By Sean Rowe

Little, Brown. 263 pp. $19.95

Lots of first novels have a story behind them, but few are as bizarre as how Sean Rowe came to write "Fever." According to his publisher, Rowe, a reporter in Miami, had long wanted to write fiction but couldn't get started. Then: "In 1999, fate intervened. While walking along a railroad track, Rowe was hit head on by a train. After flat-lining in the ambulance on the way to the hospital, he miraculously survived his serious injuries -- including a fractured skull and cracked vertebrae in his neck. He began the manuscript that became 'Fever' in the intensive care ward of a Florida hospital shortly after regaining consciousness." I hesitate to recommend close encounters with an oncoming train to all first novelists, but in Rowe's case, like the prospect of being hanged, it must have concentrated his mind, because "Fever" is a nifty thriller about some crooks who set out to hijack a cruise ship.

In short, this is a heist story. We all have our favorites. In the movies, they range from "The Lavender Hill Mob" to "Topkapi" to "Ocean's 11," and they often share certain elements. We want the score to be a big one. We expect the crooks to be an unsavory bunch with little mutual trust. A pretty girl should enliven the mix, and if she's lethal, that's all the better. The heist must go wrong, and the aftermath must be bloody and bitter. Finally, since we have come to respect the crooks' professionalism and even to like the rogues, we want to agonize before we find out if they wind up in clover or pushing up daisies.

"Fever" touches all these bases. The Norwegian Empress is not really that great a prize -- lots of tourists and a swell buffet but not much hard cash. However, the crooks know what the ship's owners do not, that it is being used to smuggle $30 million of drug money (31/2 tons of cash) to Colombia, hidden in cartons of condensed milk. The logistics of taking over the ship, offloading the loot and concealing it from the Coast Guard are fascinating but no more so than the crooks themselves, because Rowe cares about his characters.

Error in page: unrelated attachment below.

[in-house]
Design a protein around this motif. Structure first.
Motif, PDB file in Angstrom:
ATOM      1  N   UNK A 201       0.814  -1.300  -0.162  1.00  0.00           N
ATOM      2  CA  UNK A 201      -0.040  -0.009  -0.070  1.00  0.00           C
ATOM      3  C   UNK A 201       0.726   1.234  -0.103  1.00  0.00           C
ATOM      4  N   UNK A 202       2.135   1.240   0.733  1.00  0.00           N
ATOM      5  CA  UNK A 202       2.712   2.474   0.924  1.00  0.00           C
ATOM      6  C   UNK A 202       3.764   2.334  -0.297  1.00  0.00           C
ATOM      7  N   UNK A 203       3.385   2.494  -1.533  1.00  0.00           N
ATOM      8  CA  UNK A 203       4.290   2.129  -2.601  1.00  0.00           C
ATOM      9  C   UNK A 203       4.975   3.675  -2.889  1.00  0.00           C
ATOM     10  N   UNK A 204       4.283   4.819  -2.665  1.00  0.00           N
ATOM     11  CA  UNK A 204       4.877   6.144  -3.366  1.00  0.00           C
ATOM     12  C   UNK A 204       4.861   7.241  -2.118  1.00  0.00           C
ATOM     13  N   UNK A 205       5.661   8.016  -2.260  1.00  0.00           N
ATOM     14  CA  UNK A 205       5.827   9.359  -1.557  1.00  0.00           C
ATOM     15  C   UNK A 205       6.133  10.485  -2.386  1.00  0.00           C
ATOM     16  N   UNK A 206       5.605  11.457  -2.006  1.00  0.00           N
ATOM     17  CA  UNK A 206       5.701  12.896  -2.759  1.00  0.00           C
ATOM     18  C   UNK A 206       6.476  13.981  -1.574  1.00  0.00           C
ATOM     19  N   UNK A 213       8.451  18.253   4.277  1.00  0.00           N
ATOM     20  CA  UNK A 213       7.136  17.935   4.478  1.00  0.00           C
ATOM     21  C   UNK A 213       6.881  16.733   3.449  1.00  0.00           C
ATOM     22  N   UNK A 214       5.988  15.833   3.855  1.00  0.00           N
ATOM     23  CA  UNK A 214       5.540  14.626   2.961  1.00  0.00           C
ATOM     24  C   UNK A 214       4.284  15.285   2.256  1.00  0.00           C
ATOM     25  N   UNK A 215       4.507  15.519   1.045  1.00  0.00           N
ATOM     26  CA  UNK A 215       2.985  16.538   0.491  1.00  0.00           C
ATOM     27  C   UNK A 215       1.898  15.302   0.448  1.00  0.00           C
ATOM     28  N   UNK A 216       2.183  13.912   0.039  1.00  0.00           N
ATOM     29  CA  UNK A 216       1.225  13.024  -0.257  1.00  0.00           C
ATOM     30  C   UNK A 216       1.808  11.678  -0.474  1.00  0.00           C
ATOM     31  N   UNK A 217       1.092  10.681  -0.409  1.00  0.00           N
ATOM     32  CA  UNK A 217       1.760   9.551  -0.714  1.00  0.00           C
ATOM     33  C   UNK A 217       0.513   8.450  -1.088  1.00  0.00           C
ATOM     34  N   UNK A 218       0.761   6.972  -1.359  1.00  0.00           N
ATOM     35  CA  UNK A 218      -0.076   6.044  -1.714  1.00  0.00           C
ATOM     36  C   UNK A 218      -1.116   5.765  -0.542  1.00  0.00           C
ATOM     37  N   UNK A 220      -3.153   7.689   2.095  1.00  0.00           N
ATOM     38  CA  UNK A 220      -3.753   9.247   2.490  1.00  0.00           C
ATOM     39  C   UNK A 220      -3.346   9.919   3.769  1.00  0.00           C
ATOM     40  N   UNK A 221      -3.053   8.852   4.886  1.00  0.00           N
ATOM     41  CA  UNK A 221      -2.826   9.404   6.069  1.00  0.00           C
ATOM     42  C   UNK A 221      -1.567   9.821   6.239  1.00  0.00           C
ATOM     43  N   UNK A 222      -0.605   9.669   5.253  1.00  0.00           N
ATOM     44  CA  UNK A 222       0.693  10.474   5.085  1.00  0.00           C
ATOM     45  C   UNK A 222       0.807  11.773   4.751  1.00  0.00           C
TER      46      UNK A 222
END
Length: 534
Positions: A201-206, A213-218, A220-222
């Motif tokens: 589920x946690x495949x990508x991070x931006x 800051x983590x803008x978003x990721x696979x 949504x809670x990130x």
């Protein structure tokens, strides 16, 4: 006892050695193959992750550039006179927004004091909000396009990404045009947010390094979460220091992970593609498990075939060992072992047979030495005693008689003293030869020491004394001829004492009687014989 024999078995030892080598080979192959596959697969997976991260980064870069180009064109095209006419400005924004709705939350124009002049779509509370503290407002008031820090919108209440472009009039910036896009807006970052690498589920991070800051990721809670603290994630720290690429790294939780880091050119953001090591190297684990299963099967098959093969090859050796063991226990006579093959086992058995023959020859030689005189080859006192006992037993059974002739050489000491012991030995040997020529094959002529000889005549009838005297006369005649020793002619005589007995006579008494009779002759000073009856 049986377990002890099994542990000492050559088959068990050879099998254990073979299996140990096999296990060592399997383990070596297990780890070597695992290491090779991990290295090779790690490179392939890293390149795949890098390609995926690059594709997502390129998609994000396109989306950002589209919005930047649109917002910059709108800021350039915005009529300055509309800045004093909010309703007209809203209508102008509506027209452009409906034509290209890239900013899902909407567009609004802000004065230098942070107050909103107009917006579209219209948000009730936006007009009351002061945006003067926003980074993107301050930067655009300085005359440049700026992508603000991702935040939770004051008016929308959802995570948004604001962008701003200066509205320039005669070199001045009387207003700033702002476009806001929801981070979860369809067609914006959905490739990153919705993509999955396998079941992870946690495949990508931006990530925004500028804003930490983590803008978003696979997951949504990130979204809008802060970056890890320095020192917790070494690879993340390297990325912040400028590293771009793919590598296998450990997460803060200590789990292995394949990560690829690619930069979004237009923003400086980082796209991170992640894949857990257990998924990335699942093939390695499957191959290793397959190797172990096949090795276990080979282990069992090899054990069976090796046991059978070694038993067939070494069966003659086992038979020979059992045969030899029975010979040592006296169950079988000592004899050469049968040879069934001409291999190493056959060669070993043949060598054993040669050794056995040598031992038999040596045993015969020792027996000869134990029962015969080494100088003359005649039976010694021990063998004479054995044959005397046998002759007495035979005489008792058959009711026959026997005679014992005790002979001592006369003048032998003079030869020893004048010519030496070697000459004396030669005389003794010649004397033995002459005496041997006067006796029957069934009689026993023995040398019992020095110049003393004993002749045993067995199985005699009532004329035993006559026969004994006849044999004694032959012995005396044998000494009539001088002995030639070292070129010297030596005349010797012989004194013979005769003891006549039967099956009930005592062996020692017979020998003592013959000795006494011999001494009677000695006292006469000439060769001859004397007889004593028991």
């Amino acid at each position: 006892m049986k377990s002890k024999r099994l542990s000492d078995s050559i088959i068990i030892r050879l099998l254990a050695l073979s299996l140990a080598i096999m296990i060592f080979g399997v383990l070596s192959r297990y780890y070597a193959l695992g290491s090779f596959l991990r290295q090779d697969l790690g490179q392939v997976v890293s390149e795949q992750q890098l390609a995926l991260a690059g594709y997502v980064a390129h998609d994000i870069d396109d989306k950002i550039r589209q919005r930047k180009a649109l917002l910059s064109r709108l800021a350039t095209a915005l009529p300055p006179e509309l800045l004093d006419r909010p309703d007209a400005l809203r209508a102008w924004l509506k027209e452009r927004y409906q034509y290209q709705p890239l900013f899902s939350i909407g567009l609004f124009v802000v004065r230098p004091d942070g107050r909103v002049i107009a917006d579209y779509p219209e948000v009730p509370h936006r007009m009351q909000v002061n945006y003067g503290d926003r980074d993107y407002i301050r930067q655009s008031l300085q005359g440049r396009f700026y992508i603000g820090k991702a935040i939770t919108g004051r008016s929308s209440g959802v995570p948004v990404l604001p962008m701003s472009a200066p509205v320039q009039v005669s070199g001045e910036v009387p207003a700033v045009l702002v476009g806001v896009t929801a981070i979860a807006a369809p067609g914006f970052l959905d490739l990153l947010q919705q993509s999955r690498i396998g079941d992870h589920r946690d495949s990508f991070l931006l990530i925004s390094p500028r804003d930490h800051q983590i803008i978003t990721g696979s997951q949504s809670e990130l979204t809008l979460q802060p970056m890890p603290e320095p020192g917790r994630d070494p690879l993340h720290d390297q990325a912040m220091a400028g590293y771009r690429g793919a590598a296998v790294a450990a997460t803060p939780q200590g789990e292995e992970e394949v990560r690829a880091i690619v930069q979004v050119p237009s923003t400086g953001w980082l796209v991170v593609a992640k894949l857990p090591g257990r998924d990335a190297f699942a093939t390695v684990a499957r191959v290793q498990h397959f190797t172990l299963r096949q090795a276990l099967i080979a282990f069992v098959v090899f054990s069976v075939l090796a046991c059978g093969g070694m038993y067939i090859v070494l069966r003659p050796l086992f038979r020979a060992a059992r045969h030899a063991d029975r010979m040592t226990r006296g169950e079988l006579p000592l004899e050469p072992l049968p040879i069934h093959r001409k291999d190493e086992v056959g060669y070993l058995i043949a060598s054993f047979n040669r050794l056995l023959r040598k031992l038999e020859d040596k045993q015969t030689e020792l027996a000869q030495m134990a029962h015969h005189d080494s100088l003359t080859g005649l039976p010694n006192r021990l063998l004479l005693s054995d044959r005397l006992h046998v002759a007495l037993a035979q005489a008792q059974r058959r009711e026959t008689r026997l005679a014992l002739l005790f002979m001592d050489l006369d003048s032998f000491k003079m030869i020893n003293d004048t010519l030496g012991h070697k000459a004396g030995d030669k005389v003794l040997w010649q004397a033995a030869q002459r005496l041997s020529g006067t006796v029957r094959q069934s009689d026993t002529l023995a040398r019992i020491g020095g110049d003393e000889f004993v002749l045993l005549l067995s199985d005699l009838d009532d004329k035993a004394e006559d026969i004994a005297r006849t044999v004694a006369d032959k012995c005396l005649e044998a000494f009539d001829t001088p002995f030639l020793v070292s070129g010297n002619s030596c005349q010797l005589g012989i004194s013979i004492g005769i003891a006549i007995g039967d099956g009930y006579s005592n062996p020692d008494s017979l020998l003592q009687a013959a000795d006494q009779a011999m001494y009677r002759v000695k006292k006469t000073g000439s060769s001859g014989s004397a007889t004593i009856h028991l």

The book starts with stepbrothers Matt Shannon and Jack Fontana meeting at a bar overlooking a busy harbor in Miami. Life has not gone well for them. Both went into law enforcement. Matt, who relates the story, was FBI but quit after his wife's death from cancer left him too fond of his bourbon. Now he's head of security for the world's largest cruise line, deep in debt and wondering how to salvage his life. Enter ex-DEA agent Jack, fresh out of prison and a man with a plan: " 'So. The plan is to hijack the Norwegian Empress and make it look like terrorism. That's the cover story. What's really going on is old-fashioned piracy.' "

Matt knows he'd be crazy to join this madcap scheme -- but there are also pressures to do it. There is love between the stepbrothers, and, beyond that, Matt owes Jack big-time -- Jack was in prison because he took the rap after Matt shot a man in the crazed aftermath of his wife's death. Now Matt hungers for the new life that his share of the heist's millions can provide. Finally, there's his fascination with Jack's friend Julia, who's 26, gorgeous and a mystery. At first, she seems to be an expensive call girl, then she's maybe a nurse, and in a pinch she's lethal with her weapon of choice, the bow and arrow. She's also the survivor of childhood rape that left her with a highly realistic view of the world.

The rest of the gang includes an ex-Black Panther named Bryant and an old soldier of fortune called Kip: "From what Fontana said, Bryant had antifreeze for blood, and three murder warrants on him in three different states. Kip: a stone killer with more trigger time under his belt than a Ranger platoon." When Matt voices doubts about five of them seizing a cruise ship, Kip reassures him: " 'I took over a whole city in Angola one time with twelve guys and a tank. OK? Trust me, this is a can o' corn.' " But of course it's not. Can o' worms is more like it. There's trouble on the ship and more trouble back in Miami, where some extremely nasty people are hellbent on seizing the $30 million in cash.

When Matt and Julia flee for their lives, they have to decide who they are, in more ways than one. It seems that Matt and his wife, when very young, gave up a child for adoption. Julia was adopted. This had led to a lot of is-she or isn't-she, made all the more troubling when sex rears its inevitable head. Throughout, Rowe maintains a nice balance between the general amorality of the novel and the underlying decency he finds in the stepbrothers and Julia. The story builds to a climax that is dark but no darker than it should be.

Rowe has left journalism and is now working on another novel. Whether his talent is God-given or a byproduct of brain meets train, it shines brightly as his taut little tale comes rolling down the tracks.